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I'm not sure I love our cats anymore....

(27 Posts)
LaContessaDiPlump Fri 05-Feb-16 08:24:52

I'm not happy about it sad

DH and I had cats for 2 years before DS1 turned up, and once he was here my capacity for coping with any small screaming thing other than him went straight out the window. I pretty much forgot their names and started referring to them interchangably as 'CAT!', I couldn't stand being hassled for fuss. I diligently fed them and saw to their health needs but that was about the extent of it.

DS2 emerged about a year later and my capacity for the cats decreased even further, which I assumed was pretty predictable.

The thing is, we're now in 2016 (nearly 5 years later) and I still feel really disproportionately ragey every time they demand something from me. I can't remember the last time I was glad to see them (at least when they were doing anything other than sleeping).

I'm assuming that all my capacity for 'creatures demanding my attention' is still being swallowed by the DC, but they are a lot less demanding than they used to be and so I'm not sure that's true. I worry that maybe I just won't be happy to see the cats ever again, because I've found the past 5 years of child-rearing to be pretty overwhelming tbh and the cats feel like just a bridge too far.

Please can some of you wise cat-owners tell me if this is something you've heard of, or experienced, or can offer advice on? At the moment I feel like I would have absolutely no qualms about giving them away, which is sad in of itself sad

Sparklycat Fri 05-Feb-16 08:48:44

I feel like that, we have two and a dog and at times is love to not have the extra hassle and smells appearing! We don't have as much time to pay them attention but I felt guilty as we chose them and when we got them we got them for their life. It's not their fault things have changed, they probably aren't happy about the kids arriving and I just have to remind myself to give them a fuss and a treat everyday. I'd hate for them to be unhappy due to my choices and I just remind myself that it's my duty to care for them. We won't get more when they pass away though.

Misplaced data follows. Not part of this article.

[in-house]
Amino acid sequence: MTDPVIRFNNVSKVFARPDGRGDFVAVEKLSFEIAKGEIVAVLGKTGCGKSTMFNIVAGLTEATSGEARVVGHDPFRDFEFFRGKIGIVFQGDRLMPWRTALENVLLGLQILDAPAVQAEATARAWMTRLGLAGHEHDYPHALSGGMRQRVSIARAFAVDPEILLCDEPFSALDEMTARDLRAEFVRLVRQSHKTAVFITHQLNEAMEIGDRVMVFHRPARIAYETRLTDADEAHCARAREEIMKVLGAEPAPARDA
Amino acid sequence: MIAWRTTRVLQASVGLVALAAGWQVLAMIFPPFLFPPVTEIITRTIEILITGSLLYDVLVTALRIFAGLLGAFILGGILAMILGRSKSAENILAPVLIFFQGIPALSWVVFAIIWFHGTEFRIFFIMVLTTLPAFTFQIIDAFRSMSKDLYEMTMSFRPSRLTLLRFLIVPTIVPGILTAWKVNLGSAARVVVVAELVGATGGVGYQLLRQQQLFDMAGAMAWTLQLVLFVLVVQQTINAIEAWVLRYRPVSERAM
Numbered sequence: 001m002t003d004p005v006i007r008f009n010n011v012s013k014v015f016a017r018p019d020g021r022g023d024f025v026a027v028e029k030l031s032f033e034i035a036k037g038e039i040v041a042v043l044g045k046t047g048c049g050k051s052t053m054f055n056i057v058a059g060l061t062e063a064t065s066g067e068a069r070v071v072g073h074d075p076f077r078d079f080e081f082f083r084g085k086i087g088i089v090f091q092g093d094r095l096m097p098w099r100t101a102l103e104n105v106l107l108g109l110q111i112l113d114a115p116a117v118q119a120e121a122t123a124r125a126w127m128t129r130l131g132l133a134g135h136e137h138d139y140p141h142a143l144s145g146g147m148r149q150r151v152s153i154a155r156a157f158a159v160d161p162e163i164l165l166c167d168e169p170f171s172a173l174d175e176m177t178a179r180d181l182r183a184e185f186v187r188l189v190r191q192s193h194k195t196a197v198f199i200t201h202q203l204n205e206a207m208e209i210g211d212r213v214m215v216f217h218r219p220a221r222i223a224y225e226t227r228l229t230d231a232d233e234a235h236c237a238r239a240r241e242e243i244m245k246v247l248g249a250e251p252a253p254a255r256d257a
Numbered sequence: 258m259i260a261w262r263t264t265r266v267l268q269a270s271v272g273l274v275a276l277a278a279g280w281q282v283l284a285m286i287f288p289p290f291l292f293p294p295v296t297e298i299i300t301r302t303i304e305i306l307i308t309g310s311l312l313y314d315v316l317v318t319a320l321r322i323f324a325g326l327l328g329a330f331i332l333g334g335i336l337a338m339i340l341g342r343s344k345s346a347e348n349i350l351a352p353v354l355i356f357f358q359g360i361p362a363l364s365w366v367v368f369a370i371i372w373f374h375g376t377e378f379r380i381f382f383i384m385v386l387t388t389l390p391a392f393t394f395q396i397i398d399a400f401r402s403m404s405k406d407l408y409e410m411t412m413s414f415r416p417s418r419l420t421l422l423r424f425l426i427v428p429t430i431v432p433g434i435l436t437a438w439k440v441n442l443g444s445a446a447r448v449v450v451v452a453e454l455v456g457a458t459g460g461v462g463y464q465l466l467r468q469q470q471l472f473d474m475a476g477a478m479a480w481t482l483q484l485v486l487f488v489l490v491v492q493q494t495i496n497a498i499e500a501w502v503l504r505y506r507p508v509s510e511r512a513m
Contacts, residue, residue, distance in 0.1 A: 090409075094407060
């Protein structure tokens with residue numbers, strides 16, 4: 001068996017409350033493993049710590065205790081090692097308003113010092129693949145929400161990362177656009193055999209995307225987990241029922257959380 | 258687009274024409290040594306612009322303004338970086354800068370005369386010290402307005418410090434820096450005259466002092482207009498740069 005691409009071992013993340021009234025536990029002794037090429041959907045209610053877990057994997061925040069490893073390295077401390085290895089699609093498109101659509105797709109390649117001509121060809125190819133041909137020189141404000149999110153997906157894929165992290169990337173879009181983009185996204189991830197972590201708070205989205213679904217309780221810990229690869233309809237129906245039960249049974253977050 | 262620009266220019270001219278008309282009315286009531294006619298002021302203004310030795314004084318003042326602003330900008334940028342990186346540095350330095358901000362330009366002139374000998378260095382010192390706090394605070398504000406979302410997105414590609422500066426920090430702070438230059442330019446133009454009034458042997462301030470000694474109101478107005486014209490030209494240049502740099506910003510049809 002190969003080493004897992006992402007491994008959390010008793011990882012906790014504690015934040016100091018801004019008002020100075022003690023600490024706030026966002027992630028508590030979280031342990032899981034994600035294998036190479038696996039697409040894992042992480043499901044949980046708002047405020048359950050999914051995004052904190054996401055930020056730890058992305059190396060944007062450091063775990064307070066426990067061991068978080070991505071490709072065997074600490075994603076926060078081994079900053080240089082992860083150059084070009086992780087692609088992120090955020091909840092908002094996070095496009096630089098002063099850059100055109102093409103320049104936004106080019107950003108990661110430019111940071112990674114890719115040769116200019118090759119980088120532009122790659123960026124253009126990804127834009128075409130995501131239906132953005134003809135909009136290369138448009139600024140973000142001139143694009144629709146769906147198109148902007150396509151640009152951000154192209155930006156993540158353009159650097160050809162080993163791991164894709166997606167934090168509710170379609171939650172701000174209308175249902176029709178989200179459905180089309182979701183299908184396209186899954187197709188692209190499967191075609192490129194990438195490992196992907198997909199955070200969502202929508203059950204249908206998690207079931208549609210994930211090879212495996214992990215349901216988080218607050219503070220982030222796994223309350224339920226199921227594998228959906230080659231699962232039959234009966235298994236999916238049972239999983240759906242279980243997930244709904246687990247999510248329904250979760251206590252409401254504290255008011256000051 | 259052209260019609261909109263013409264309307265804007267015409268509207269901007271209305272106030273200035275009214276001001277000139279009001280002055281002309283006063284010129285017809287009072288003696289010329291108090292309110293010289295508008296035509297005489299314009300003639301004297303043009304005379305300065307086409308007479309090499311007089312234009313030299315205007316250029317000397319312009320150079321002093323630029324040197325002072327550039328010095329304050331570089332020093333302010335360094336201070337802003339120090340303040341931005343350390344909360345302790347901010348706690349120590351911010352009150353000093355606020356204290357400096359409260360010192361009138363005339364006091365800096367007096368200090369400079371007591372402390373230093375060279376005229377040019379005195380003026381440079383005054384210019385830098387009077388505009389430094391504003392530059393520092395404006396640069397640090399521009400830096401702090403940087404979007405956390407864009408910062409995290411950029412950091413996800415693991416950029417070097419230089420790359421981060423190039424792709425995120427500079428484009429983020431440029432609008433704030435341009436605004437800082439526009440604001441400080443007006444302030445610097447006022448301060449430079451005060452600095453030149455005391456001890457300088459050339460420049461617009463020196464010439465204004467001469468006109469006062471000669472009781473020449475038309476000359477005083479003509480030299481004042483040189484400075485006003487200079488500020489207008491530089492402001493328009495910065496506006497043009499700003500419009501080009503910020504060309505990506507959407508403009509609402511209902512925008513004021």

LaContessaDiPlump Fri 05-Feb-16 09:21:43

Thanks for the reply sparkly.

My rage this morning was not helped by the fact that they'd run out of biscuits - there is a neighbourhood bully cat who eats their food and they're too chicken to defend their space (we'd get magnetic collars but have tried them before and our cats are too stupid to use them so just sit outside and cry all day).

Anyway, DH went to get meaty food and dispensed it before leaving for work; I then came downstairs to find girlcat had eaten it in one gulp because she's greedy, then promptly vomited it all back up on the carpet. For. Fuck's. SAKE.

I stropped off thinking I'd clean it up later, only to find that it is now gone. One of the disgusting creatures must have eaten meat vomit. Urgh.

<and breathe>

BertrandRussell Fri 05-Feb-16 09:29:16

I can remember feeling that if one more living thing made one more demand on me I'd explode!

Luckily we had lovely neighbors so our cats used to go and pour out all their troubles to them and be fussed and sympathized with and be fed ham.